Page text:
http://www.jcaho.org/

    Check these out people. Do a simple search, check cons sedation, then add the word propofol, under the conscious sedation propofol the only hit you will get is for "pain mgmt" of all silly things, propofol has NO analgesic properties first off, secondly the word propofol cannot be found, at least by me in the text.

    Next READ the pkg insert, says for use by a licensed anesthesiologist.

    THIRD and the funniest thing you can do. Call your independent insurance carrier, if you don`t have 1 thats your problem. Anyhow call their 800#, please do this from a payphone.......... Tell them you want information as you are an RN, using propofol............. If yours is like mine, they don`t start giving info, they start asking questions..........who is this? what is your policy ID #? yada yada yada, they want to end coverage, but need to know who`s coverage they are ending...............It will be yours if they find you are an RN, not CRNA using this drug, push, drip, intubated or not.

    Remember this always...........................You are you`re only friend, only U care about your license, the Dr`s have their own worries, the hospital, probably non-profit is only worried about profit, go figure. The long and the short of it is if you don`t cover your behind no one else will.

    The problem is this, hospitals do what Drs want to have done, so they write policies for the nurses to follow, thus U get to do a yearly 2 minute yada yada test on conscious sedation, and SHAZAM you be an anesthesiologist.................Only real problem is a written policy does not make you so, nor does it change any policies written by the larger entities, such as JCAHO, nor does it decrease your liability as a practioner following any other BAD written/verbal order. Go check your state nursing BORED of nursing, yeah that part is real clear, you be responsible for your actions, even if the Dr writes the order, and the hospital writes the policy.

    Solution?????? We have to stop acting like sheep, baaaah baaahh baaaaaaaaaaaah. I`m not advocating union, as I don`t think they are worth the time. We the body of nurses need to stop trying to be all things, and settle on a role where we do our job, and the others do theirs. Ask why doesn`t the Anesthesiologist, or at least a CRNA doesn`t preform this function, easy answer, payment.... Insurance does not cover these costs for Anesthesiology or CRNA`s to be paid for procedures NOT done in OR, if they are over 20 minutes duration, and especially in a cath labs situation the EPs want to use the cath lab, why, they get the $$$$$$ there, much less is paid them if they do them in OR. Likely a propofol drip on an EP pt in the cath lab is 2 to 12 hours, no pay, OK nursie heres your chance to be an Anesthesiologist. Similarily a drunken comabative but severly injured fool in the ER, or the cute lil ole combative lady in ICU with a blower running, none of these uses are going to fall into a 20 minute time period, and probably wouldn`t be covered as needed even for 20 minutes.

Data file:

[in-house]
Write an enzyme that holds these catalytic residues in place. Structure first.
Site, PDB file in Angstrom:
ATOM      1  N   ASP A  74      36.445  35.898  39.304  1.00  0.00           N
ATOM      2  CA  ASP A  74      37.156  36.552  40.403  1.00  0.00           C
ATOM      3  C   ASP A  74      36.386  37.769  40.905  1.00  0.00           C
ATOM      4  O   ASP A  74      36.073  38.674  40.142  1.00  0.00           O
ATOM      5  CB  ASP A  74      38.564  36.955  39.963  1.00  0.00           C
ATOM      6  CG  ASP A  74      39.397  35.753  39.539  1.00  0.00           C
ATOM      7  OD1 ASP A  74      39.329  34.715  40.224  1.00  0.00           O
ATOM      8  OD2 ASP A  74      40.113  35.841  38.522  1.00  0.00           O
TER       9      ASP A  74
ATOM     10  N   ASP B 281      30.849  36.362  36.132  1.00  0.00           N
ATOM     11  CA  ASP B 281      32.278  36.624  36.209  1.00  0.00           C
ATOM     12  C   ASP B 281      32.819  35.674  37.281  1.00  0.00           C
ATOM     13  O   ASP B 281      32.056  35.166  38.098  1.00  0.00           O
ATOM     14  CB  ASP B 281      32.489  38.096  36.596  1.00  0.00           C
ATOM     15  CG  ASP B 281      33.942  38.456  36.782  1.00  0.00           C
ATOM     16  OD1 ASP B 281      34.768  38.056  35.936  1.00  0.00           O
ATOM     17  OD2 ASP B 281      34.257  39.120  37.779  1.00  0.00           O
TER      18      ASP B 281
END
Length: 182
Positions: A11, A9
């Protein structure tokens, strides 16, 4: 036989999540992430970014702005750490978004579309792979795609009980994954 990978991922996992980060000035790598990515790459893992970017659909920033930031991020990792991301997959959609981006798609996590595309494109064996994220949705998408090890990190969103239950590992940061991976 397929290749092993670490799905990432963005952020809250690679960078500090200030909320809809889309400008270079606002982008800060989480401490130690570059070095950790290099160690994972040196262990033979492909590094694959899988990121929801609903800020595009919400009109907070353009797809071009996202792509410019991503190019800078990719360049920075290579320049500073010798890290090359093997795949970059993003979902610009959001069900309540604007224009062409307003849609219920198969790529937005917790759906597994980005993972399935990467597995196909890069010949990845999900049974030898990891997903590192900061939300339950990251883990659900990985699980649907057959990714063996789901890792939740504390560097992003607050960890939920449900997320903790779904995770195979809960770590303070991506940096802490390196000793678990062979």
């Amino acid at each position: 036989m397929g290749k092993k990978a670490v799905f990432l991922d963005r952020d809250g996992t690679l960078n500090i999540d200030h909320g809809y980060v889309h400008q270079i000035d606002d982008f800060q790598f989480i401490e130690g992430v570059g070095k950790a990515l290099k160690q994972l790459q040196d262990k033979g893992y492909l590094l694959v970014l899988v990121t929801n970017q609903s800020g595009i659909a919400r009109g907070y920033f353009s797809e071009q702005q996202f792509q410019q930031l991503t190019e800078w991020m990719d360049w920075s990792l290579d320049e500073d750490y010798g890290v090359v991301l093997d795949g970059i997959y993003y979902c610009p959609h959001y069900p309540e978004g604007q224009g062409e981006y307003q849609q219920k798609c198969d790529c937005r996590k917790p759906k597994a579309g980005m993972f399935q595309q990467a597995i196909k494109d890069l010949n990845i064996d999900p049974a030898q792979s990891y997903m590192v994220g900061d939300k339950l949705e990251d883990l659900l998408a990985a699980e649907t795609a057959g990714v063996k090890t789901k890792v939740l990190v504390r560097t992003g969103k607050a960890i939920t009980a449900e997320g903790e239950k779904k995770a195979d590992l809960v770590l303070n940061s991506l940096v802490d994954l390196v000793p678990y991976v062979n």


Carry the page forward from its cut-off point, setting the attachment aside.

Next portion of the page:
True case: Poor nurse in EP lab running propofol drip on a very instable pt, b/p was down, intermittent bagging to keep airway open, poor nursie called away from EP lab to assist in helping pts in hold as NO rooms ready, told to go there by lab director, EP Dr fully aware you have left the building, and U had a running dialog with the EP Dr, and were charting the problems with pt, as wel as asking Dr to stop propofol and use Versed and MS (the standard mix by all but 2 Drs in this lab, who used propofol), also documented. Other RN in EP lab "busy" helping EP Dr at console.

    35 minutes later you are returning to EP lab, finding unstable pt without spontaneous resp, b/p non exsistant, still being worked on by EP Dr, and his hospital employed companion nurse. Gee we had a lot of arifact, and ectopy a while ago, check her vitals to see how she`s doing............... Ok you gussed it, somehow this is one of those people who still are alive, but shouldn`t be, no air for ???? we`ll never know, Ep lab just made a goof, OOOOpsss. Court was pretty much a slam dunk in that, the RN running the propofol was found negligent. The Dr and the other nurse were not found negligent, go figure. The lab director who had pulled the nurse not found negligent, actually he wasn`t even called for a statement, go figure. The hospital was the paycheck, they took a big hit, however none of the admin who thought that using propofol was a good idea, never called for a statement. They just look at it as a cost of doing business, no thought to clean up the act, change the policy, or even look at the problem. Forget kiling pt`s, and ruining nurses.

    This was in a cath lab where I worked, until 11 days before this happened, I left over this stupid drug, worked with admin, Dr`s, staff, Risk Mgmt for 2 months prior to leaving, 23 meetings in all. This IS the premier hospital in our area. Nobody ever saw the problem here, just a negligent nurse, gee they were better off without her. She has since quit nursing altogether, is VERY poor now, and because she was found guilty lives with a ton of guilt.

    Propofol does cause great sedation, only problem is it usually isn`t while the pt is in the conscious state, and at least in Ohio thats is where an RN can use this drug. As a deep sedation, through anesthesia the drug is NOT allowed use by RN`s in Ohio, only Anesthesiologists, and CRNA`s are able to use it this way. Even intubated a nurse using this drug will see instability in b/p, cardiac output. This drug is not easy to STOP, sure it has a brief half life, and Drs will say 5 to 7 minutes and you will be getting back to baseline. lots can happen in 5 to 7 minutes.

    I hope you are not really sheep, but nurses have to stop doing everything someone else tells us to do, because a lot of times they are not in anyones real interest, especially when other drugs can do a better more stable job. Propofol should never be used for "conscious sedation". Anything but, and nurses are NOT licensed to do, so if you are, well, God bless you, and I hope your luck holds.